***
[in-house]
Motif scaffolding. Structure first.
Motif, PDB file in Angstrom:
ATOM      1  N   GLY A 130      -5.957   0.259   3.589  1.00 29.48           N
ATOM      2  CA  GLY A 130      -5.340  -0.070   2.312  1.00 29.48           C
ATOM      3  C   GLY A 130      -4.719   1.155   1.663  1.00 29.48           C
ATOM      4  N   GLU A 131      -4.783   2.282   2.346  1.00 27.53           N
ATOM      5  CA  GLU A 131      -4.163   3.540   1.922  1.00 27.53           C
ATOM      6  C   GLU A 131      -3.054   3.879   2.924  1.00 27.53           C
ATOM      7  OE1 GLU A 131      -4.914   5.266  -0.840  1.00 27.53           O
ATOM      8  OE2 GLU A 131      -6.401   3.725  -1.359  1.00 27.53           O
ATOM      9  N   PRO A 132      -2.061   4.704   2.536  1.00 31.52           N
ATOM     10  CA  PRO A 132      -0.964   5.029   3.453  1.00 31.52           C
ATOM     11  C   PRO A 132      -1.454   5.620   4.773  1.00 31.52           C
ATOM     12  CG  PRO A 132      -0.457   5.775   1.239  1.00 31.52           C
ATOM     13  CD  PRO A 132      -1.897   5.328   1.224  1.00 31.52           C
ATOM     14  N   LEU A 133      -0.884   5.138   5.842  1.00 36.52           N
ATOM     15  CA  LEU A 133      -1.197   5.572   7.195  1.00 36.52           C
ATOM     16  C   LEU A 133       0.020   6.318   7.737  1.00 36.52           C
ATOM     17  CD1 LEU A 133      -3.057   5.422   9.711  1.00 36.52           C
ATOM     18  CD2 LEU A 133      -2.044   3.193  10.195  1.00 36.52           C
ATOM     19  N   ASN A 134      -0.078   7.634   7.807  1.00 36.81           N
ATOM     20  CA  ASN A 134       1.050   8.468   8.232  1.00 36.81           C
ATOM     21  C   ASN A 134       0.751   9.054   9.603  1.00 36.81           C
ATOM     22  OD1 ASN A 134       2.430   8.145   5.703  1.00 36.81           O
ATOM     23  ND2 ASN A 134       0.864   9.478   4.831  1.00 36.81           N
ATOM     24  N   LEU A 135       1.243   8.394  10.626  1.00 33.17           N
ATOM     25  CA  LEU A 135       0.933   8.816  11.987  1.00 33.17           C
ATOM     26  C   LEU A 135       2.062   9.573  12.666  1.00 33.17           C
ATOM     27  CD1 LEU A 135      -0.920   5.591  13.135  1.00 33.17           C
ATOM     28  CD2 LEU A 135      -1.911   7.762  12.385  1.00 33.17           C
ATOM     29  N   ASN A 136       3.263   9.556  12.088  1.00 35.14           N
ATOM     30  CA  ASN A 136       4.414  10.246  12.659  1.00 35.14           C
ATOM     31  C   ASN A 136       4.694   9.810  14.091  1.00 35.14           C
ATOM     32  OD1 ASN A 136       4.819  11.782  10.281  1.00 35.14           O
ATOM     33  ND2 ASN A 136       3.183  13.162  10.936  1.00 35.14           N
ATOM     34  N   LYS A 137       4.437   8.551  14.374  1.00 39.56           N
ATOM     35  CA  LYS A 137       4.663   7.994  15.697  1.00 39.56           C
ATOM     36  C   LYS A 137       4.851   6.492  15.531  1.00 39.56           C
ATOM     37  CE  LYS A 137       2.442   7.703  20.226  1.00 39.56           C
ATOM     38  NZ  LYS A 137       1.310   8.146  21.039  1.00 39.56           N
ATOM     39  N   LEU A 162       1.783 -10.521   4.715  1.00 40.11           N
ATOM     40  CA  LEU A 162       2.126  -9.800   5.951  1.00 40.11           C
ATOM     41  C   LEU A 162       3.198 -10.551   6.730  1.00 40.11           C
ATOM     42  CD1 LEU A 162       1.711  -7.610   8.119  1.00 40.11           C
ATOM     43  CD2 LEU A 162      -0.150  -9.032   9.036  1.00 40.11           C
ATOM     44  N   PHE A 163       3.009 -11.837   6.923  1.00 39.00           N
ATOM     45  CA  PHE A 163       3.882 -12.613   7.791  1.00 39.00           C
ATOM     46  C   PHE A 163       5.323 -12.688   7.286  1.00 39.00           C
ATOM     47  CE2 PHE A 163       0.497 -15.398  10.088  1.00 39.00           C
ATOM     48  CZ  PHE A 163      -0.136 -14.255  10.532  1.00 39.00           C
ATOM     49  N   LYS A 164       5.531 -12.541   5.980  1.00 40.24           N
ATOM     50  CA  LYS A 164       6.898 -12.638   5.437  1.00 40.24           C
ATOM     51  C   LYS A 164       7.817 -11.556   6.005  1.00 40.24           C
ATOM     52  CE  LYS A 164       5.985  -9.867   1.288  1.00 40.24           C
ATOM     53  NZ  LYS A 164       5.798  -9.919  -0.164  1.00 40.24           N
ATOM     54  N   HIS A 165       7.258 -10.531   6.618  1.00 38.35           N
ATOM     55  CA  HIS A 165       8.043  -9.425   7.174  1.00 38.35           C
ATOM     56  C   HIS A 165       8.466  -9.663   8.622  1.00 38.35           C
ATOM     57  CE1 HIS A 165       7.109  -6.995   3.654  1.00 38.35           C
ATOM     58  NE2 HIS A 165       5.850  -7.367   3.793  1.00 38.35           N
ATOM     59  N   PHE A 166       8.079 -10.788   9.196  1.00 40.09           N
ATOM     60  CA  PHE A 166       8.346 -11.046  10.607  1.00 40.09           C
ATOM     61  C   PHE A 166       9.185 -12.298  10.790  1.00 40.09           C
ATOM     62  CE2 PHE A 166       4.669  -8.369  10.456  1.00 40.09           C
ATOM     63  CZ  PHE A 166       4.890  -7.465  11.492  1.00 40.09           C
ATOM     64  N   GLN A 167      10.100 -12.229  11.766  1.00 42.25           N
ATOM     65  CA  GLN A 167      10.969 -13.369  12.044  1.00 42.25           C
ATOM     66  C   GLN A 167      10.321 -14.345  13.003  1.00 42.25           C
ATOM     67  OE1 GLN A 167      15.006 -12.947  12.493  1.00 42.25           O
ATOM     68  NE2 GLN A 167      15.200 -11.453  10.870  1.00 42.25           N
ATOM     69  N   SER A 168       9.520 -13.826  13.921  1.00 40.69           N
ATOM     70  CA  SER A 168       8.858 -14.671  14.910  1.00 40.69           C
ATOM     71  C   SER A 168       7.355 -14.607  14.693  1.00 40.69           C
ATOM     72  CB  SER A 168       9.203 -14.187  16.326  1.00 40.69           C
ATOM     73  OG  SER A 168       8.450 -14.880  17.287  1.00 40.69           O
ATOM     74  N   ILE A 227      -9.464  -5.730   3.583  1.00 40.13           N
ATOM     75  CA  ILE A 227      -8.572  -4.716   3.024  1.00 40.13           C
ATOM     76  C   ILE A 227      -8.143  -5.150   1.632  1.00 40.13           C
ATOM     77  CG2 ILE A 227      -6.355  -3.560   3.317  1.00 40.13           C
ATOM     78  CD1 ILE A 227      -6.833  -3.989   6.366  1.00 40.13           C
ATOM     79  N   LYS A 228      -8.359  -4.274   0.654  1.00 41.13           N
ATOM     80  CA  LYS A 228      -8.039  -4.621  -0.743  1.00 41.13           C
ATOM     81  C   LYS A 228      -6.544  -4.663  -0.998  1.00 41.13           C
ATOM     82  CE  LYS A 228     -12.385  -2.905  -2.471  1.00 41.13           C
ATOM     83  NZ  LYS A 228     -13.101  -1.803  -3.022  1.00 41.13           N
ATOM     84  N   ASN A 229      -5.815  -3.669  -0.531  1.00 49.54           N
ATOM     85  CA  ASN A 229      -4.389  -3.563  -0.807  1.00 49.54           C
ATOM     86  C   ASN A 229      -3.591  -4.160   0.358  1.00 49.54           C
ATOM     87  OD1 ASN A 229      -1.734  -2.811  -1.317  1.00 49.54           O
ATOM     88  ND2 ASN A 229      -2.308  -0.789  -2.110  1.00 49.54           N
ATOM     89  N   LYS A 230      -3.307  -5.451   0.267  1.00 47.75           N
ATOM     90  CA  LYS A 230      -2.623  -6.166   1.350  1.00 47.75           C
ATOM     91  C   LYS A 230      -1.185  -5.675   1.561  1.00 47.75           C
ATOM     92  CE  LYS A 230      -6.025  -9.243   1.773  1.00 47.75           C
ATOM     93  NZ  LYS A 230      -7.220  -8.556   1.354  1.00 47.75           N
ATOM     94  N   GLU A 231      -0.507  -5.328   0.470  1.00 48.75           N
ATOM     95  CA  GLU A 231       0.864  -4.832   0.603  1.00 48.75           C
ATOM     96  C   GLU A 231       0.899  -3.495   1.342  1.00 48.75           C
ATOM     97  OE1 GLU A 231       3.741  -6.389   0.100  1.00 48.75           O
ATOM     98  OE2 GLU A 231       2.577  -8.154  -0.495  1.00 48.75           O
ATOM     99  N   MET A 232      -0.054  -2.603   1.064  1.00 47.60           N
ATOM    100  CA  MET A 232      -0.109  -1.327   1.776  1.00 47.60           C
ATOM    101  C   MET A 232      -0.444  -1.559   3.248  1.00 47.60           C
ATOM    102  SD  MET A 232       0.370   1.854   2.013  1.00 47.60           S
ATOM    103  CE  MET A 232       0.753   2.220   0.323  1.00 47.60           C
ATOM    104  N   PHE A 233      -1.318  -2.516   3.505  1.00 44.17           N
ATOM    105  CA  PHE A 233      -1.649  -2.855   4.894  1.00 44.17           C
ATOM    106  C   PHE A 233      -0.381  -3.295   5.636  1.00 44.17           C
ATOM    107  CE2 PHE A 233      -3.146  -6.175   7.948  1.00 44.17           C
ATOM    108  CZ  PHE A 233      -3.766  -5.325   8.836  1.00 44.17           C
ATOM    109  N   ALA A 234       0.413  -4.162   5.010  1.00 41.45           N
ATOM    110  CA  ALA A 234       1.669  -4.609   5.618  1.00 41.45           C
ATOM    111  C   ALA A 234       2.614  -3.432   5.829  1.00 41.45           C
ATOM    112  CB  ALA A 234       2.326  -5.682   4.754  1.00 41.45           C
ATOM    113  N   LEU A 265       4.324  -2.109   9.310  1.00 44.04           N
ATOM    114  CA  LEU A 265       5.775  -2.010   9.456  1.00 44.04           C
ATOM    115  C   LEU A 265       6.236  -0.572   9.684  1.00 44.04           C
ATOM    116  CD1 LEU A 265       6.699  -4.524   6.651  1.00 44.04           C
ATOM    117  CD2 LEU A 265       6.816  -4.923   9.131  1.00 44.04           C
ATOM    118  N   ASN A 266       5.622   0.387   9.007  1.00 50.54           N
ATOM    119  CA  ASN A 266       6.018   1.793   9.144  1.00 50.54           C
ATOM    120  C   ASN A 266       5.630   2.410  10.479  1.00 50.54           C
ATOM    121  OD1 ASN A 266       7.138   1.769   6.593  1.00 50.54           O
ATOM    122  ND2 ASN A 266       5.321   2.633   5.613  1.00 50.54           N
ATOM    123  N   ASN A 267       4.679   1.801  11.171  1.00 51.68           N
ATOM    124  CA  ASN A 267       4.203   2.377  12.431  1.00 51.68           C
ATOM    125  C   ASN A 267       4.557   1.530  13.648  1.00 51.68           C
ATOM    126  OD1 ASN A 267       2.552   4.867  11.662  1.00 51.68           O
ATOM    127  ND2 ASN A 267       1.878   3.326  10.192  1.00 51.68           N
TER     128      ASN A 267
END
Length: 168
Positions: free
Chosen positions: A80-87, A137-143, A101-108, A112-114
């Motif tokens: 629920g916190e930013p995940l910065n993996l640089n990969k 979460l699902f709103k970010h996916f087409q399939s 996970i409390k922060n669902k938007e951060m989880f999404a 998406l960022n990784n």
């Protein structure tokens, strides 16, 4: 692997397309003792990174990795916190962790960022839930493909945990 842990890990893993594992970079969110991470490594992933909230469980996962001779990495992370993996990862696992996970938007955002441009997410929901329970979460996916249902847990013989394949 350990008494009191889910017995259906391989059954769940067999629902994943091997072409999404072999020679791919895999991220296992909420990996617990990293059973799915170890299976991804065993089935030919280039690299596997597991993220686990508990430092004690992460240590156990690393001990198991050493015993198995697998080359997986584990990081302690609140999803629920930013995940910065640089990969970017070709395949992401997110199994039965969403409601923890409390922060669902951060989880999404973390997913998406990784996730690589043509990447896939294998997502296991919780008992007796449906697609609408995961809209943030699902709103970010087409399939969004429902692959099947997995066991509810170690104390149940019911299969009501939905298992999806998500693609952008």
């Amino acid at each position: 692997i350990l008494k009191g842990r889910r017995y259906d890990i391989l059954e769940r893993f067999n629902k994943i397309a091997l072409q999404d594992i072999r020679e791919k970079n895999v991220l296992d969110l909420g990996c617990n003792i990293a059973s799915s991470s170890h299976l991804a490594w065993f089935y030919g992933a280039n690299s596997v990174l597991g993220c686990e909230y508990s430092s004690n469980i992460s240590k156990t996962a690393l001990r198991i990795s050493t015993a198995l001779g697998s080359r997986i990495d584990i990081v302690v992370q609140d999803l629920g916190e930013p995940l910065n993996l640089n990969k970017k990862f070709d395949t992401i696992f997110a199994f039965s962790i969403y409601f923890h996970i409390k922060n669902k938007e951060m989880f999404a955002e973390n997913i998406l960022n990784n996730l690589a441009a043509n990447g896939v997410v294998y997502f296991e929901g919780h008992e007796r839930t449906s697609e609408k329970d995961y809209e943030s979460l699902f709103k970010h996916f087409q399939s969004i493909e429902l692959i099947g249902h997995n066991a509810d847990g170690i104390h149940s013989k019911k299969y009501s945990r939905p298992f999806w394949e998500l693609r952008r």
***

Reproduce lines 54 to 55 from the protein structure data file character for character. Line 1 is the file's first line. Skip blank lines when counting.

ATOM     51  C   LYS A 164       7.817 -11.556   6.005  1.00 40.24           C
ATOM     52  CE  LYS A 164       5.985  -9.867   1.288  1.00 40.24           C